A federal Crown corporation that buys surplus government land is teaming up with an Aboriginal group on a plan that would see private developers build three mixed-use towers on a prime parcel of real estate just west of the Glebe.
The Canada Lands Company and the Algonquins of Ontario, who purchased the land in a joint partnership in 2017, have launched a proposal to construct three highrises of 13, 20 and 25 storeys at 291 Carling Ave. The 1.3-hectare site on the north side of Carling between Lebreton and Bell streets is currently used as a surface parking lot.
According to a development concept plan presented at an open house on Tuesday night, the three highrises would include retail or commercial space on the ground floor and contain up to 530 “affordable and family-oriented” residential units.
Katherine Constantine, the Canada Lands Company’s director of real estate for the National Capital Region, said further details such as the exact amount of space that will be allotted to commercial use and whether the residential units will be condos or rental apartments have yet to be determined. About 10 per cent of the units will be designated “affordable” in accordance with the CLC’s mandate, she said.
The concept plan was conceived through feedback from public consultations held last July and will be revised based on input gathered Tuesday night, CLC officials said. The agency plans to file a rezoning application seeking increased height limits and other changes to the city next month.
CLC will then take the plan back to the public for another round of consultations and work with the Algonquins and McRobie Architects on overall design guidelines.
Builders will be required to “buy into” CLC’s vision for the land, Constantine said. According to a presentation Tuesday night, the development’s overall design and materials “will reflect Algonquin connections to Mother Earth and community within an urban city block.”
The development is also expected to include “small, neighbourhood shops” as well as pathways and greenspaces. A natural rock outcrop on the eastern portion of the site near Bell Street will be preserved and incorporated into the design, Constantine said.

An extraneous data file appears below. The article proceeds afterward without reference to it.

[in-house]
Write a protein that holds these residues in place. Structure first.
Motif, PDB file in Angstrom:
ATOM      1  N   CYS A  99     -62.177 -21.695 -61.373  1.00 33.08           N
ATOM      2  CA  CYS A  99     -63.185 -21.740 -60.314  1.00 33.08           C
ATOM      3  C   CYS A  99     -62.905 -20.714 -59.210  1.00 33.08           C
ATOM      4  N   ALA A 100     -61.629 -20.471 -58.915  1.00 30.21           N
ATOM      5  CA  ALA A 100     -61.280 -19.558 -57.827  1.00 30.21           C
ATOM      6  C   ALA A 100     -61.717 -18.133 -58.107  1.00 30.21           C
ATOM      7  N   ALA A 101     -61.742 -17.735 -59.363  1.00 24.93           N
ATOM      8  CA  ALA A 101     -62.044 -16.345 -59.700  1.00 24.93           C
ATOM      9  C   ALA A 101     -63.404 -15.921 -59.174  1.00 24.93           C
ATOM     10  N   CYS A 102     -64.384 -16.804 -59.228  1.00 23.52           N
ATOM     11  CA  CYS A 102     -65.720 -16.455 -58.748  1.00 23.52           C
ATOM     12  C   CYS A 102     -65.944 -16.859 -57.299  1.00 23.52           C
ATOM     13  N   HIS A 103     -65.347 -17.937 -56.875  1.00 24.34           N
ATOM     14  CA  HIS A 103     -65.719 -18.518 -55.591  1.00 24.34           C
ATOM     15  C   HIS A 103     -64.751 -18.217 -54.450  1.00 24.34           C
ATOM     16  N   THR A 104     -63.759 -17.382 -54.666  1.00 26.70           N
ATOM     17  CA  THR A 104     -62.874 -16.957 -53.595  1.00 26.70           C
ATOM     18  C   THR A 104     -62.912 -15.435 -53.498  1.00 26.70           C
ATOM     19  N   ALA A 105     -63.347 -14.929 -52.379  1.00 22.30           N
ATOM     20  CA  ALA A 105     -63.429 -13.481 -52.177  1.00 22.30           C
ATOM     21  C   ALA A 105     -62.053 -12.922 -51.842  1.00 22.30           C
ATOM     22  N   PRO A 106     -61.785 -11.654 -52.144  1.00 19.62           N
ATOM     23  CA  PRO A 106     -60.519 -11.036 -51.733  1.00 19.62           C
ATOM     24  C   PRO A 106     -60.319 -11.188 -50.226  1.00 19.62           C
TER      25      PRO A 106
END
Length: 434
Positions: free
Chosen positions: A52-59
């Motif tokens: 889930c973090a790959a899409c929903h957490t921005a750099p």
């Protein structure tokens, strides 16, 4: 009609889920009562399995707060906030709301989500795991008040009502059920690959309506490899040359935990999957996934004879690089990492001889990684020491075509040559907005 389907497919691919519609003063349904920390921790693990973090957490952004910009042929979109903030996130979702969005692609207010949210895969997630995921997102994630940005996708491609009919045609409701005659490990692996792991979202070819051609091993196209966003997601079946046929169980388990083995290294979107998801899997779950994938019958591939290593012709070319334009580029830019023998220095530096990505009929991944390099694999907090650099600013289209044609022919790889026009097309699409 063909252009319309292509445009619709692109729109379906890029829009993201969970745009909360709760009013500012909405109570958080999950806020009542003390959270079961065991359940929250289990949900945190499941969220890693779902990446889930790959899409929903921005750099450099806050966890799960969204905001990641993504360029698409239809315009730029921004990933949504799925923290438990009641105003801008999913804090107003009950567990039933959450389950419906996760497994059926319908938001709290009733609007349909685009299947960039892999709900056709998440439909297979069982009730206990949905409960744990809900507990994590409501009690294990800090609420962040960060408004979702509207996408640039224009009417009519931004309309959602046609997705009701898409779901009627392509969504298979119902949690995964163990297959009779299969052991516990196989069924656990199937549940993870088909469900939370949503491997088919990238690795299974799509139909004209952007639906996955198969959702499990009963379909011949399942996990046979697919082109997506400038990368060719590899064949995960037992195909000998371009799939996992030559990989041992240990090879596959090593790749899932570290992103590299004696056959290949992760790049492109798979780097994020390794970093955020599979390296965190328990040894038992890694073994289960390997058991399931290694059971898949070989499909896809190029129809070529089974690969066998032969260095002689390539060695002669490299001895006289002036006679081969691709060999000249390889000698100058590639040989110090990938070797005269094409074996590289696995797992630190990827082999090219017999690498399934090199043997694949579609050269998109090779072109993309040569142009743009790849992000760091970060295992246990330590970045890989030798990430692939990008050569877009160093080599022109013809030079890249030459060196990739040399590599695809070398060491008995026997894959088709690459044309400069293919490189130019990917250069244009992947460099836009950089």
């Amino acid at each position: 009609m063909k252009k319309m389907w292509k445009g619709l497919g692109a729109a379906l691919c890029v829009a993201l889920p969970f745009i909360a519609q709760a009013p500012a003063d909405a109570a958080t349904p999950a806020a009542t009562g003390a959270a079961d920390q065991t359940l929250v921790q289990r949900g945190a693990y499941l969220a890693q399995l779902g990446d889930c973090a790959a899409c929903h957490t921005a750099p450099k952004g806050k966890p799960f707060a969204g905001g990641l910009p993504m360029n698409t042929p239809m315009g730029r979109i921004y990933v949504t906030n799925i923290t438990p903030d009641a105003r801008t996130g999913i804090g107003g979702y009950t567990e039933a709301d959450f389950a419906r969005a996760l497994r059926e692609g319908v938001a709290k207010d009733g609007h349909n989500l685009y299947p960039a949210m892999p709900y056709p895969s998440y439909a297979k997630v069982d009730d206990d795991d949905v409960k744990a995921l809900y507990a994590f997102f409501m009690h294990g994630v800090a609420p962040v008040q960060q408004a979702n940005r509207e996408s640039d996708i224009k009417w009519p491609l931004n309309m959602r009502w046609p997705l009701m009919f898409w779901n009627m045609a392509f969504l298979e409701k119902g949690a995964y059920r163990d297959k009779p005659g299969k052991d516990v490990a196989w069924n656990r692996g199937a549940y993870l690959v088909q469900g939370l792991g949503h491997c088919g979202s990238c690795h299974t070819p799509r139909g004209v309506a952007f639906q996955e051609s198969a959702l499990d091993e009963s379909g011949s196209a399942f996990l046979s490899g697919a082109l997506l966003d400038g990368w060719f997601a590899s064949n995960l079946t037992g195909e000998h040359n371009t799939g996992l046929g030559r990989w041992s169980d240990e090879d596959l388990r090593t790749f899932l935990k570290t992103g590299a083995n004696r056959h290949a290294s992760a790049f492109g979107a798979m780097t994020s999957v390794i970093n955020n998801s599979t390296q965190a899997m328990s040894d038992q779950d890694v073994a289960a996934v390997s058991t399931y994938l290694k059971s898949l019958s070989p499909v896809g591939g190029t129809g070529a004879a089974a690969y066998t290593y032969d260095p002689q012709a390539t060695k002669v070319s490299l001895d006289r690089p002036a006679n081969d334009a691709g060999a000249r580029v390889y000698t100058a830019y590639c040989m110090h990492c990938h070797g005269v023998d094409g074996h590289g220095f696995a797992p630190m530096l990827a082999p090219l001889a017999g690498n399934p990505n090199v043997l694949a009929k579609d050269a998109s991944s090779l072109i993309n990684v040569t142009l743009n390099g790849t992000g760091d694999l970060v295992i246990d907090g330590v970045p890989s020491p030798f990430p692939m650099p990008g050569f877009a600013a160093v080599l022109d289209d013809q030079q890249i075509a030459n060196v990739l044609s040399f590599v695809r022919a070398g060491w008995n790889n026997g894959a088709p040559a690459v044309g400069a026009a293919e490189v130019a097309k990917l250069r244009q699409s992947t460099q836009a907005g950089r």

Busy ‘hood for development
Located on the southwestern edge of the Glebe Annex, the Carling Avenue property is just a few blocks from one of Ottawa’s hottest neighbourhoods.
Homebuilder Claridge is constructing a 45-storey condo tower at the corner of Preston Street and Carling Avenue, and Mastercraft Starwood has launched its long-awaited Soho Italia luxury condo project at nearby 500 Preston. In addition, the site is less than 600 metres from the Carling O-Train station on the Trillium Line, which the city is preparing to expand in the coming years.
The Canada Lands Company is a federal Crown corporation that’s responsible for selling surplus government properties to maximize both the community value of the land as well as the financial return to taxpayers. Locally, its recent projects include the former Rockcliffe Airbase, the 6.5-acre Booth Street campus on the edge of Little Italy and a 10.4-acre property at 800 Montreal Road, across from the Montfort Hospital.
CLC officials say they expect the city to approve the rezoning by the spring of 2020. Once any necessary remediation work is complete, the CLC will then invite private developers to bid on the land either in parcels or as an entire package, likely by 2021, Constantine said.